Do Brain Tissue Transplants Alter Personal Identity? Inadequacies of Some 'Standard' Arguments
Northoff (G.)
Source: Journal of Medical Ethics, Vol. 22, No. 3 (Jun., 1996) (pp. 174-180)
Paper - Abstract

Paper SummaryNotes Citing this PaperText Colour-Conventions


Author’s Abstract

  1. Currently, brain tissue transplantations are being developed as a clinical-therapeutic tool in neurodegenerative diseases such as Parkinson's or Alzheimer's disease. From an ethical point of view, distinguishing between the preservation and an alteration of personal identity seems to be central to determining the scope for further application of brain tissue transplantation therapy.
  2. The purpose of this article is to review "standard" arguments which are used on the one hand by proponents to prove preservation of personal identity and by opponents on the other hand to prove that brain tissue transplantation results in an altered personal identity.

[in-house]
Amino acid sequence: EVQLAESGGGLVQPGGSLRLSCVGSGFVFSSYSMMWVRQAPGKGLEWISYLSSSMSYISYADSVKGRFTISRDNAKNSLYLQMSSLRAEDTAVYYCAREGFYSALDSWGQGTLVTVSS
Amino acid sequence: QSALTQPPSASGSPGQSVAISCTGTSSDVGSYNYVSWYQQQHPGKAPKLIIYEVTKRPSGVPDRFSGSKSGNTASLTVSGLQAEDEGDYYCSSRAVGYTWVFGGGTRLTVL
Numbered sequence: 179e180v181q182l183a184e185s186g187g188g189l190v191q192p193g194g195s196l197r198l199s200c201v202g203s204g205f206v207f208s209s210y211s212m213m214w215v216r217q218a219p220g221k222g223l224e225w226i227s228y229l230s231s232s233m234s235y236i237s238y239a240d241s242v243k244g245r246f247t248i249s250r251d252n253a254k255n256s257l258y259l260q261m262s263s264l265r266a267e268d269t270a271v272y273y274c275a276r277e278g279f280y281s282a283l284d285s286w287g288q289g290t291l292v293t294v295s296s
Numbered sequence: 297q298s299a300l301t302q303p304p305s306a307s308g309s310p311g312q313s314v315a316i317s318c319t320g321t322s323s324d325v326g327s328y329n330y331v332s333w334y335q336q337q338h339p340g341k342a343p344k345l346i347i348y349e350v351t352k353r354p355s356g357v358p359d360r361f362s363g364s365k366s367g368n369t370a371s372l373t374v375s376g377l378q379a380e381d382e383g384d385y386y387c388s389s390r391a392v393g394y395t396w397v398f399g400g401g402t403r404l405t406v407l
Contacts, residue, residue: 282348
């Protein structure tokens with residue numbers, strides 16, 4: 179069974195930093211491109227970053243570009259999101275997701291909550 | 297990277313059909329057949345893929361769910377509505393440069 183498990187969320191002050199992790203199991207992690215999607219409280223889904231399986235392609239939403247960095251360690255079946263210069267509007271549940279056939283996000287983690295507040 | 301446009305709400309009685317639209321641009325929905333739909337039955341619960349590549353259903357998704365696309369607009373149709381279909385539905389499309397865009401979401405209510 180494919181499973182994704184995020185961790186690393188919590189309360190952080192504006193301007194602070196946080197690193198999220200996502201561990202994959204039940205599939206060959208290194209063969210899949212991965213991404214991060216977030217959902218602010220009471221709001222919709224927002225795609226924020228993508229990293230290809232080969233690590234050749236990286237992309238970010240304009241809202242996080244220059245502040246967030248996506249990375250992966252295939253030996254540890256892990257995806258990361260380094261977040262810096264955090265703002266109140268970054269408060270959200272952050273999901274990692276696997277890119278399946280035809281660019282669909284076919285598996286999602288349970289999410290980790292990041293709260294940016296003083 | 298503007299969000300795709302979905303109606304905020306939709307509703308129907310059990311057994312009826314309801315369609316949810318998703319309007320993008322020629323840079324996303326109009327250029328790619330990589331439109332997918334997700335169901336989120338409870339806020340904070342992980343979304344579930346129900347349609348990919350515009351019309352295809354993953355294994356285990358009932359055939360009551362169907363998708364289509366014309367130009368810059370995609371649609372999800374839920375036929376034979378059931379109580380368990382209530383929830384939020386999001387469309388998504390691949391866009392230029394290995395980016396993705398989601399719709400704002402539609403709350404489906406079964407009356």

3. Proponents and opponents are shown to use the same arguments, albeit with different presuppositions. These presuppositions concern the meaning of the term "identity", either numerical or qualitative, the definition of brain identity, either structurally or functionally, and the relationship between mental states, psychological functions and neurophysiological properties as criteria for personal identity.
  4. Furthermore the respective neurophysiological, clinical and philosophical evidence for the different presuppositions are discussed.
  5. It is concluded that evaluation of personal identity in brain tissue transplantation should not only rely on the "standard" arguments but, additionally, neurophysiological, clinical and philosophical implications should be discussed.

Text Colour Conventions (see disclaimer)

  1. Blue: Text by me; © Theo Todman, 2018
  2. Mauve: Text by correspondent(s) or other author(s); © the author(s)



© Theo Todman, June 2007 - January 2018. Please address any comments on this page to theo@theotodman.com. File output:
Website Maintenance Dashboard
Return to Top of this Page Return to Theo Todman's Philosophy Page Return to Theo Todman's Home Page